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Chad Faces Food Security And Health Challenges, But Opportunity Exists For Improvement, U.N. Official Says

U.N. Humanitarian Coordinator for Chad Thomas Gurtner “says Chad faces daunting food security and health challenges” but that “peace and growing stability in Chad bodes well for the country’s future,” VOA News reports. He cited high rates of food insecurity and malnutrition among children, “insufficient rainfall” that likely will “limit agricultural production,” rising food prices, the “worst cholera epidemic in years,” and the return home of more than 80,000 Chadian migrants who were working in Libya and sending money home to their families, the news service notes.

New York Times Examines International Response To Somali Famine

“Twenty years after the central government collapsed,” Somalia is facing drought, food insecurity and conflict larger in scale than when famine conditions hit the nation in the 1990s, “[a]nd given the world’s limited interest in a major intervention, that is not likely to change anytime soon,” the New York Times reports in a news analysis on the situation.

Famine In Somalia Testing Advancements In Coordination Of Care, Food Aid

The Washington Post examines how high rates of malnutrition among Somali children — approximately 36 percent under age five are malnourished and almost 16 percent are severely malnourished, according to Somalia’s Food Security and Nutrition Analysis Unit — are “the biggest test yet of recent improvements in assessing and treating malnutrition, changes that range from the coordination of care to the ingredients of food aid.”

U.N. Agencies, Pakistan Government Launch Rapid Needs Assessment, Provide Aid In Flood-Affected Regions

“United Nations humanitarian agencies have begun to assist communities in southern Pakistan that have been pummeled by monsoon rains which have claimed the lives of almost 200 people and destroyed or damaged nearly one million homes in an area still recovering from last year’s catastrophic floods,” the U.N. News Centre reports. The U.N. and the Pakistan government “have begun a rapid needs assessment in Sindh, with shelter, food, water, sanitation, hygiene and health care expected to be the priorities,” the news service writes (9/10).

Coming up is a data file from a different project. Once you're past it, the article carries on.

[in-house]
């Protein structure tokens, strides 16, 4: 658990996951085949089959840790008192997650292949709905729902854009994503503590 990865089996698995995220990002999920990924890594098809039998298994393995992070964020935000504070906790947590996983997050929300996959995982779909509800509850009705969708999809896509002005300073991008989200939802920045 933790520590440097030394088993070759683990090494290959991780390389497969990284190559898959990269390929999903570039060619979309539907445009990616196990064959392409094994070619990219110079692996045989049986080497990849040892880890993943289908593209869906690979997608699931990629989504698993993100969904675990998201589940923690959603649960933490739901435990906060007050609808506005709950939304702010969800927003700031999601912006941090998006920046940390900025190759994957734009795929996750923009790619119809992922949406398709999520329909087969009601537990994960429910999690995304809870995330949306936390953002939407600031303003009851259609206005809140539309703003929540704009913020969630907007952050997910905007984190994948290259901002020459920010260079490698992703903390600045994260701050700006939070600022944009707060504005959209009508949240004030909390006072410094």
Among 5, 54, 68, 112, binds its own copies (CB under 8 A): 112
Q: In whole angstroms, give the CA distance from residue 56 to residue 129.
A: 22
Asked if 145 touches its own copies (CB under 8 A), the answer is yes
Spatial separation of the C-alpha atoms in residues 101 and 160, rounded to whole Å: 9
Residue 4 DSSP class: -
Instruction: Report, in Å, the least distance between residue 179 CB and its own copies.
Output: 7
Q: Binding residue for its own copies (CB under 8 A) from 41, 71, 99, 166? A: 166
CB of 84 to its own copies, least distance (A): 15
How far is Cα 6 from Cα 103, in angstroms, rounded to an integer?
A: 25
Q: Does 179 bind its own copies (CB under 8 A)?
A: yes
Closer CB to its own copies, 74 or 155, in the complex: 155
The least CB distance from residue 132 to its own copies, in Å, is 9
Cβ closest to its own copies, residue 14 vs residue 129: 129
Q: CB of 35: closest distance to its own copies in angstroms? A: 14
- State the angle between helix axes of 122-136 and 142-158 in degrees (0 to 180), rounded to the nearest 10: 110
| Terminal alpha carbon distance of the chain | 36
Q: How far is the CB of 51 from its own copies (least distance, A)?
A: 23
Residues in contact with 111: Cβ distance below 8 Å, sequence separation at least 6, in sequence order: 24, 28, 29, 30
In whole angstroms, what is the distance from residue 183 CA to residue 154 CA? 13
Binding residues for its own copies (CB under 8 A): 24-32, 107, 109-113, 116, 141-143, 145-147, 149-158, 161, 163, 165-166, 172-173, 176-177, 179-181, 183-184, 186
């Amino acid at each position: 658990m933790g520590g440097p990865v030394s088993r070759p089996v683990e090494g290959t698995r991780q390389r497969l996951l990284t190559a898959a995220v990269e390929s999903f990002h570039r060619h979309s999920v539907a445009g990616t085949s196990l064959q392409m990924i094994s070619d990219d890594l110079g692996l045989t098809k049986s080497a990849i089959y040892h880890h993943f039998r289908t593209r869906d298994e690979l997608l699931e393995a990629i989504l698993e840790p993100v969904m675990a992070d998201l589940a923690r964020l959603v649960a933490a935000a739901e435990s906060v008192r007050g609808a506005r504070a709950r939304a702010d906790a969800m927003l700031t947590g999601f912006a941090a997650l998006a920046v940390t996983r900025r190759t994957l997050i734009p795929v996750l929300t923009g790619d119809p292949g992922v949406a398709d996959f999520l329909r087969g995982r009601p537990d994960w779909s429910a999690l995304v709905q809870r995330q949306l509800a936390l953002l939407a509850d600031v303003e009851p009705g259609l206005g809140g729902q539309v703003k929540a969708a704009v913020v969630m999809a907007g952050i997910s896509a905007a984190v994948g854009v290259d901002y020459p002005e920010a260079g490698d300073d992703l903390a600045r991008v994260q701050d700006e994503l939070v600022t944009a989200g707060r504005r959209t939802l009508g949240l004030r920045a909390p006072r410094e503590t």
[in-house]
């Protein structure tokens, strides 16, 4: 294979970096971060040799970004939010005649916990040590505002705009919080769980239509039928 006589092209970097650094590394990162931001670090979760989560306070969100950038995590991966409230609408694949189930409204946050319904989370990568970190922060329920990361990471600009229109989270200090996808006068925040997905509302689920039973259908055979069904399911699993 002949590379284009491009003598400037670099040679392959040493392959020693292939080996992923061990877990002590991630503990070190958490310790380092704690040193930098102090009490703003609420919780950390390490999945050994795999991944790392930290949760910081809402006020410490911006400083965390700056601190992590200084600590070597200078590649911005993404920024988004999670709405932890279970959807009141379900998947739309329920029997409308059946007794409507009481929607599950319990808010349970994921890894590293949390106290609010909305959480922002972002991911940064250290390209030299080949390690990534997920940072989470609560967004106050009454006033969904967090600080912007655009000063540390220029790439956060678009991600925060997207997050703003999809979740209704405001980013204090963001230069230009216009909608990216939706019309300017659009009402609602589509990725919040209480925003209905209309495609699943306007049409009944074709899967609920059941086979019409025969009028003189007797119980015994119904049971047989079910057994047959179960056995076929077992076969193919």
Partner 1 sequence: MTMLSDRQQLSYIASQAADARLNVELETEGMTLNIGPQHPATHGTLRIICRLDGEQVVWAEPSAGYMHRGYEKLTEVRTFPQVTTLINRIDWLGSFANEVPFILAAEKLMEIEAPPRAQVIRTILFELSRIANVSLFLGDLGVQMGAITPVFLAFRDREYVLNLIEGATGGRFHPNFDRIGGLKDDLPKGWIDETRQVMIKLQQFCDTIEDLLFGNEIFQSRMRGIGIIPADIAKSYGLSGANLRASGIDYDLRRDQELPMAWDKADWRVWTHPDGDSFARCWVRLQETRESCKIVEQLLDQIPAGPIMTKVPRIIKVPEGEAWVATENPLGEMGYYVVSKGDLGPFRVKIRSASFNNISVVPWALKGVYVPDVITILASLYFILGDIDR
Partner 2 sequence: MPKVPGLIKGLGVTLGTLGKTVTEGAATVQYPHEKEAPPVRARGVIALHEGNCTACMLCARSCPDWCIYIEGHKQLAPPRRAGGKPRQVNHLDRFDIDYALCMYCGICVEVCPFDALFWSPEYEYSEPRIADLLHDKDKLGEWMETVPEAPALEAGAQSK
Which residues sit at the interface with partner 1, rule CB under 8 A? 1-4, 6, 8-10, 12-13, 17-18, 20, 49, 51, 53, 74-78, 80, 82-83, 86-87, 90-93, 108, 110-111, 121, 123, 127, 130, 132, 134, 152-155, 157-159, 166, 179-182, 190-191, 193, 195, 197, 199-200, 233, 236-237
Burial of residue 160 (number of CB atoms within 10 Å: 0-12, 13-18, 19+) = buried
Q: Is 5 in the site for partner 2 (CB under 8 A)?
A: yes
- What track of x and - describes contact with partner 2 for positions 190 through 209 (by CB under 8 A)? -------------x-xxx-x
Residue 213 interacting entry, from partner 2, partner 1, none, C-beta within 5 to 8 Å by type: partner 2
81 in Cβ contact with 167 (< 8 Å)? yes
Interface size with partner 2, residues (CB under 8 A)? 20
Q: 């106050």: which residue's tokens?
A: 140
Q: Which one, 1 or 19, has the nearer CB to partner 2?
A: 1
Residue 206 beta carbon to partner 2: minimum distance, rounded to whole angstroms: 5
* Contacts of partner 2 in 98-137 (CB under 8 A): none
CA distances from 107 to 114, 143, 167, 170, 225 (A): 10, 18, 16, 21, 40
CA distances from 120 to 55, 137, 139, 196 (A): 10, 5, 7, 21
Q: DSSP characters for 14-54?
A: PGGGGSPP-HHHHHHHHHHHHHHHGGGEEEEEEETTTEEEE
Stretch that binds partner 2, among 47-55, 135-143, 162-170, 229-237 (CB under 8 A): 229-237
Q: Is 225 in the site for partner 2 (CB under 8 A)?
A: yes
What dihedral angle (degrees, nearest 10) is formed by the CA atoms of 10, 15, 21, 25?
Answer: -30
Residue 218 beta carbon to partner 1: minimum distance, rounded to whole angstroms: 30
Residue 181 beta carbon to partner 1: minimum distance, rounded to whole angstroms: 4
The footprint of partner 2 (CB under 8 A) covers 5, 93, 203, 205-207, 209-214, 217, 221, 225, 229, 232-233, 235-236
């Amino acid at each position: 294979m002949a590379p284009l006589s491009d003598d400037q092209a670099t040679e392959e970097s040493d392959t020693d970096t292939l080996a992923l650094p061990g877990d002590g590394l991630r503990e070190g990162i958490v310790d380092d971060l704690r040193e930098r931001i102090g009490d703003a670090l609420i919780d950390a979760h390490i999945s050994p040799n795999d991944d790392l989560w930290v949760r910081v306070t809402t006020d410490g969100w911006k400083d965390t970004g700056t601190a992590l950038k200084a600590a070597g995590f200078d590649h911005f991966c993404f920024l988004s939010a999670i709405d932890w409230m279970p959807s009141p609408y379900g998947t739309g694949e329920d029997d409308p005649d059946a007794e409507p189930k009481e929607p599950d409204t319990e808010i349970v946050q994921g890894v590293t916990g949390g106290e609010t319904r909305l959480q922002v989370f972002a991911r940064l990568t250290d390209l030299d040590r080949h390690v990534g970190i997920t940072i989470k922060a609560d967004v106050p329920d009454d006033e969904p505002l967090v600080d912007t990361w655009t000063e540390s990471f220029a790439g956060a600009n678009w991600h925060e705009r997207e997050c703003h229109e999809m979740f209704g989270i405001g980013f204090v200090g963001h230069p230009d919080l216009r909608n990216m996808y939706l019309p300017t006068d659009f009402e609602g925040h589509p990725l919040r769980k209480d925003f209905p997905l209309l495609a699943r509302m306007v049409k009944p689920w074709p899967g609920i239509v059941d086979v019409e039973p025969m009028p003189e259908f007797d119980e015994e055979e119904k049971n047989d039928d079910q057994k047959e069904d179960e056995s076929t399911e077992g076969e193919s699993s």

Micronutrient Powder Helps Prevent Malnutrition In Children Up To Two Years Old, Study Review Shows

In a systematic review published by the Cochrane Collaboration last week, researchers found that the micronutrient powder used in recent years to combat malnutrition, anemia and iron deficiency in children was very helpful in preventing malnutrition in children six to 24 months old, VOA News reports. World Health Organization epidemiologist Luz Maria De Regil “and other researchers combined the results of eight previous studies involving thousands of children,” VOA writes, adding, “The studies were done on three continents, in countries as varied as Haiti, Cambodia, and Ghana.”

Australian Scientists Create Iron-Rich 'Super Rice'

News Corp Australian Papers/Fox News reports that scientists in Australia have created genetically modified rice that “has up to four times more iron than conventional rice and twice as much zinc” in an effort to “provide a solution to the iron and zinc deficiency disorders that affect billions of people throughout the world.” “Rice is the main food source for roughly half the world’s population, including billions of people in developing countries across Asia, but the polished grain is too low in iron, zinc and Vitamin A to meet dietary needs,” the article notes.

Washington Post Examines Conditions Within Mogadishu Hospital

The Washington Post looks at the conditions within Banadir Hospital in the Somali capital of Mogadishu. “The scenes … reflect the immense challenge facing this Horn of Africa nation, already besieged by multiple woes, from civil war to radical Islamist militants to a weak transitional government incapable of governing effectively, despite massive support from the United States and its allies,” the newspaper writes (Raghavan, 9/7).

U.S. Calls For 'Unfettered' Access To Provide Humanitarian Assistance To 4M Somalis

Nancy Lindborg, USAID’s assistant administrator for the Bureau for Democracy, Conflict and Humanitarian Assistance, writes in this post in USAID’s “IMPACTblog” that the U.S. “continue[s] to call on all parties involved to allow unfettered humanitarian access to Somalis in need.” She continues, “The unfortunate reality is that Somalia is the most difficult operating environment for humanitarians in the world today,” adding that “unless we — the international community — can get access to provide humanitarian assistance to southern Somalia, the already horrific situation will get worse. Without access, the number of people in crisis will increase, and famine will continue to spread in Somalia” (9/6).

Potential Budget Cuts Threaten U.S. Diplomacy And Development Aid, Reuters Reports

Reuters examines how budget debates in Congress “could undo” President Barack Obama’s “‘smart power’ approach, which elevates diplomacy and development alongside military power as guarantors of U.S. security in a rapidly changing world.” Programs run through the State Department and USAID that provide “[f]ood aid to hungry countries, … improved medical services for expectant mothers and the U.S. response to natural disasters such as earthquakes and droughts could be hit in a major scale-back of U.S. assistance,” the news agency writes.